1593
ENGLISH POETRY 1579-1830: SPENSER AND THE TRADITION

Phillis: The Induction.

Phillis: Honoured with Pastorall Sonnets, Elegies, and Amorous Delights. Where-unto is annexed, The Tragicall Complaynt of Elstred.

Dr. Thomas Lodge


Among modern poets, Thomas Lodge praises "learned Colin."

Edmond Malone identifies the "Octavia" as Mary Countess of Pembroke ("Octavia was the sister of Augustus, and patroness of Virgil"), the "fore-bred brothers" as Thomas Watson and Abraham Fraunce, Colin, of course, as Spenser and Delia's prophet as Samuel Daniel; Plays and Poems of William Shakespeare (1790; 1821) 2:253-54n.

John Payne Collier: "This applause is of more worth, because it came from a successful writer in nearly every form of poetry chosen by Spenser" Poetical Works of Spenser (1862; 1875) 1:xci.

George Saintsbury: "Phillis is especially remarkable for the grace and refinement with which the author elaborates the Sidneian model. Lodge, indeed, as it seems to me, was one of the not uncommon persons who can always do best with a model before them. He euphuised with better taste than Lyly, but in imitation of him; his tales in prose are more graceful than those of Greene, whom he copied; it at least seems likely that he out-Marlowed Marlowe in the rant of the Looking-Glass for London, and the stiffness of the Wounds of the Civil War, and he chiefly polished Sidney in his sonnets and madrigals. It is not to be denied, however, that in three of these four departments he gave us charming work" History of Elizabethan Literature (1887; 1909) 109-10.

N. Burton Paradise: "It has been suggested that these appreciative lines on Spenser are in return for a reference in Colin Clout, where Spenser says: 'And there is pleasing Alcon, could he raise | His tunes from laies to matter of more skill' (ll. 394-95). Alcon is the name of an old peasant in A Looking Glasse for London and England, a play in which Lodge and Greene collaborated. [Edmond] Malone maintained that Spenser, with this fact in mind, here applied the name to Lodge, and that Lodge's other play, The Wounds of Civill War, was the 'matter of more skill' with which Lodge responded to Spenser's suggestion. Since, however, the scenes in which Alcon appears in A Looking Glasse are not definitely known to have been of Lodge's composition, and since The Wounds of Civill War, which would not, in any case, have been considered a 'matter of more skill,' is several years earlier than Colin Clout, the identification of Alcon with Lodge is not altogether probable" Thomas Lodge (1931) 110-11.

Thomas Lodge describes Spenser as "famous for facility in discourse" in Incarnated Devils, Works (1883) 4:57.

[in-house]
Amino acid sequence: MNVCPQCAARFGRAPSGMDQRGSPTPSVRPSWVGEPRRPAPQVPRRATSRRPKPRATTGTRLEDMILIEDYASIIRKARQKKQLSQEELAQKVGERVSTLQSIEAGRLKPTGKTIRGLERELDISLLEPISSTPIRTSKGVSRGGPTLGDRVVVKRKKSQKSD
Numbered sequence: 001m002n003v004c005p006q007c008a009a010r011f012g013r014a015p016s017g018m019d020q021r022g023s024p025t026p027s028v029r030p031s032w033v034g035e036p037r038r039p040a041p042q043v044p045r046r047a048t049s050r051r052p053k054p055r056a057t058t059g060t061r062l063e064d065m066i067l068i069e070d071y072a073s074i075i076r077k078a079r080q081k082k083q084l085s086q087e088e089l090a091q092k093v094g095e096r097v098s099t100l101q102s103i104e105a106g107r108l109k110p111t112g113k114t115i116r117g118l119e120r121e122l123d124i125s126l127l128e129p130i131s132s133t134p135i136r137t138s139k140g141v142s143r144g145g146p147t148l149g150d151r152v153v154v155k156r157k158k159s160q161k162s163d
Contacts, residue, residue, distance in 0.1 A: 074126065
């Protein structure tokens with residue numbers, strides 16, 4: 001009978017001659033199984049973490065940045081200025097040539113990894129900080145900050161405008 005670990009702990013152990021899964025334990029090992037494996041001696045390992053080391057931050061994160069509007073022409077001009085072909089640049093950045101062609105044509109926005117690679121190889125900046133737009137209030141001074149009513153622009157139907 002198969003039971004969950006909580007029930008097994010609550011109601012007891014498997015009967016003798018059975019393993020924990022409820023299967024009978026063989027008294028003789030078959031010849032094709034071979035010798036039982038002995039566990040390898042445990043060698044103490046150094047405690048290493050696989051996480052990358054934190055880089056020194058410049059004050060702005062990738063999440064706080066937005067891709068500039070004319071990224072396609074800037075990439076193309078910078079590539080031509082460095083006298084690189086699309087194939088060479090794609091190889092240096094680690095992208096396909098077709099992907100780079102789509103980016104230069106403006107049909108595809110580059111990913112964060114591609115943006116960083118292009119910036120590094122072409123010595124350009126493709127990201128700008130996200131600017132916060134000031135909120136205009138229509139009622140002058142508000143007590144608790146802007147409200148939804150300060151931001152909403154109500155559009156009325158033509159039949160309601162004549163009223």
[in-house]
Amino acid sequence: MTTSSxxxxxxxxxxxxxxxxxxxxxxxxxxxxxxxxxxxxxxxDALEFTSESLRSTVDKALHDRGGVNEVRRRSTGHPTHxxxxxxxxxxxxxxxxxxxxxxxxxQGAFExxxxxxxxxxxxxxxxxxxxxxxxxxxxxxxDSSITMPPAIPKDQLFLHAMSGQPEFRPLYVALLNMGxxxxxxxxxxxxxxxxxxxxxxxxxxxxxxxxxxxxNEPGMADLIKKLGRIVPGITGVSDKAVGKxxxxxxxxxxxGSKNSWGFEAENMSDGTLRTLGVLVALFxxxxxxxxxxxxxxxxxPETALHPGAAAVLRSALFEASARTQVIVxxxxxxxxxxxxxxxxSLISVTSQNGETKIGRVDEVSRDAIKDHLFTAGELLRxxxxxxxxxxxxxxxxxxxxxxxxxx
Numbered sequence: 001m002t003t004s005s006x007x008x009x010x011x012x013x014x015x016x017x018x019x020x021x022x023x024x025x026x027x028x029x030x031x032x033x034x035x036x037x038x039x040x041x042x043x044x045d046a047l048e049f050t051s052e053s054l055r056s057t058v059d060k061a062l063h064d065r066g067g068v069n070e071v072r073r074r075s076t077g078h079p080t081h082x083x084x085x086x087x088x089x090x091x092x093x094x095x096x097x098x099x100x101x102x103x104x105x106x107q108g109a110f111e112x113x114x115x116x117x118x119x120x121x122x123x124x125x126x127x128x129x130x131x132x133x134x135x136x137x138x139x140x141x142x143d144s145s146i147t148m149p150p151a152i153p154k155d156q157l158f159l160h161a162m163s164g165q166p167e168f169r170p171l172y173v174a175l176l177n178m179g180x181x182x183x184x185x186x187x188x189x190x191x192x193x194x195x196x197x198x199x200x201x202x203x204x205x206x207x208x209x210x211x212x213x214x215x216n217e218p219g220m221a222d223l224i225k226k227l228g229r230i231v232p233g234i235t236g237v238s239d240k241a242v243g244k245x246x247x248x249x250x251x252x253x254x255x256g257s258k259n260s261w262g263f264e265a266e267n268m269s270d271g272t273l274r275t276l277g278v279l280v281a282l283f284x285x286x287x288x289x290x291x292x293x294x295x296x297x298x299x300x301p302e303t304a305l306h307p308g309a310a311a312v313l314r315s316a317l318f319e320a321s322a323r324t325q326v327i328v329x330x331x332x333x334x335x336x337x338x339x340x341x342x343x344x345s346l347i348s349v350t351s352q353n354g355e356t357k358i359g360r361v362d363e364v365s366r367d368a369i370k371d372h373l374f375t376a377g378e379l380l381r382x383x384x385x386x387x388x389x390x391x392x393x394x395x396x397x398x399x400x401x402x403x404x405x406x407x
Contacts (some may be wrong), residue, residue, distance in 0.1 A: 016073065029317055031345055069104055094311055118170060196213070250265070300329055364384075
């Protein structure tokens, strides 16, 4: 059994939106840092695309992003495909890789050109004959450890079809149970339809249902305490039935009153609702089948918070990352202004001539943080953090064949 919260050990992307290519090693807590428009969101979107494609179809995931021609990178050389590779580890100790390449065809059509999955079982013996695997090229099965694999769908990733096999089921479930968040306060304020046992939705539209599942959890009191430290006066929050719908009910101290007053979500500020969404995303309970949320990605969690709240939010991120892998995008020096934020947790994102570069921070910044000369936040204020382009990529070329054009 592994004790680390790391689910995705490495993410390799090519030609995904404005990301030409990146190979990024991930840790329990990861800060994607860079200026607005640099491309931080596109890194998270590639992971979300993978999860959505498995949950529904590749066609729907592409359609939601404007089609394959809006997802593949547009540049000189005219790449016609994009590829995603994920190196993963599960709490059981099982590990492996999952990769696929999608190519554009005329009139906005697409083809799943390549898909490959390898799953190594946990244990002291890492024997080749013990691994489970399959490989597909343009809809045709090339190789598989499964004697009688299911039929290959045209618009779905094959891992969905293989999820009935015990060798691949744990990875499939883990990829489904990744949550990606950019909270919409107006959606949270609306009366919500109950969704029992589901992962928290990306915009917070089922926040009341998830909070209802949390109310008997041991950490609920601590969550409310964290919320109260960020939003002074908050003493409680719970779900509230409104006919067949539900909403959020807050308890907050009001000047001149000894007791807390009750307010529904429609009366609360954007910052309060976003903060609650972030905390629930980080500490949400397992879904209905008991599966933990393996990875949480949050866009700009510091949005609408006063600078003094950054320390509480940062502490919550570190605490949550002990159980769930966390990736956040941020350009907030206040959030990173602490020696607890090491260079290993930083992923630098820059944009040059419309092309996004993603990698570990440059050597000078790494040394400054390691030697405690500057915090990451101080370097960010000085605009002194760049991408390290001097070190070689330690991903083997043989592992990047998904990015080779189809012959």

I that obscur'd have fled the Sceane of Fame,
Intitling my conceits to nought but care,
I that have liv'd a Phoenix in loves flame,
And felt that death I never would declare,
Now mount the Theater of this our age,
To plead my faith and Cupids cursed rage.

Oh you high sp'rited Paragons of witte,
That flye to fame beyond our earthly pitch,
Whose sence is sound, whose words are feat and fitte,
Able to make the coyest eare to itch:
Shroud with your mighty wings that mount so well,
These little loves, new crept from out the shell.

And thou the true Octavia of our time,
Under whose worth, beauty was never matched,
The Genius of my Muse and ragged rime,
Smile on these little loves but lately hatched,
Who from the wrastling waves have made retreate,
To pleade for life before thy judgement seate.

And tho the fore-bred brothers they have had,
(Who in theyr Swan-like songes Amintus wept)
For all their sweet-thought sighes had fortune bad,
And twice obscur'd in Cinthias circle slept:
Yet these (I hope) under your kind aspect,
(Most worthy Lady) shall escape neglect.

And if these Infants of mine artlesse braine,
(Not by theyr worth, but by thy worthinesse)
A meane good liking of the learned gaine,
My Muse enfranchis'd from forgetfulnesse:
Shall hatch such breede in honour of thy name,
As moderne Poets shall admire the same.

As moderne Poets shall admire the same,
I meane not you (you never matched men)
Who brought the Chaos of our tongue in frame,
Through these Herculean labours of your pen:
I meane the meane, I meane no men divine,
But such whose feathers are but waxt like mine.

Goe weeping Truce-men in your sighing weedes,
Under a great Mecaenas I have past you:
If so you come where learned Colin feedes
His lovely flocke, packe thence and quickly haste you;
You are but mistes before so bright a sunne,
Who hath the Palme for deepe invention wunne.

Kisse Delias hand for her sweet Prophets sake,
Whose not affected but well couched teares:
Have power, have worth, a Marble minde to shake;
Whose fame, no Iron-age or time out weares.
Then lay you downe in Phillis lap and sleepe,
Untill she weeping read, and reading weepe.

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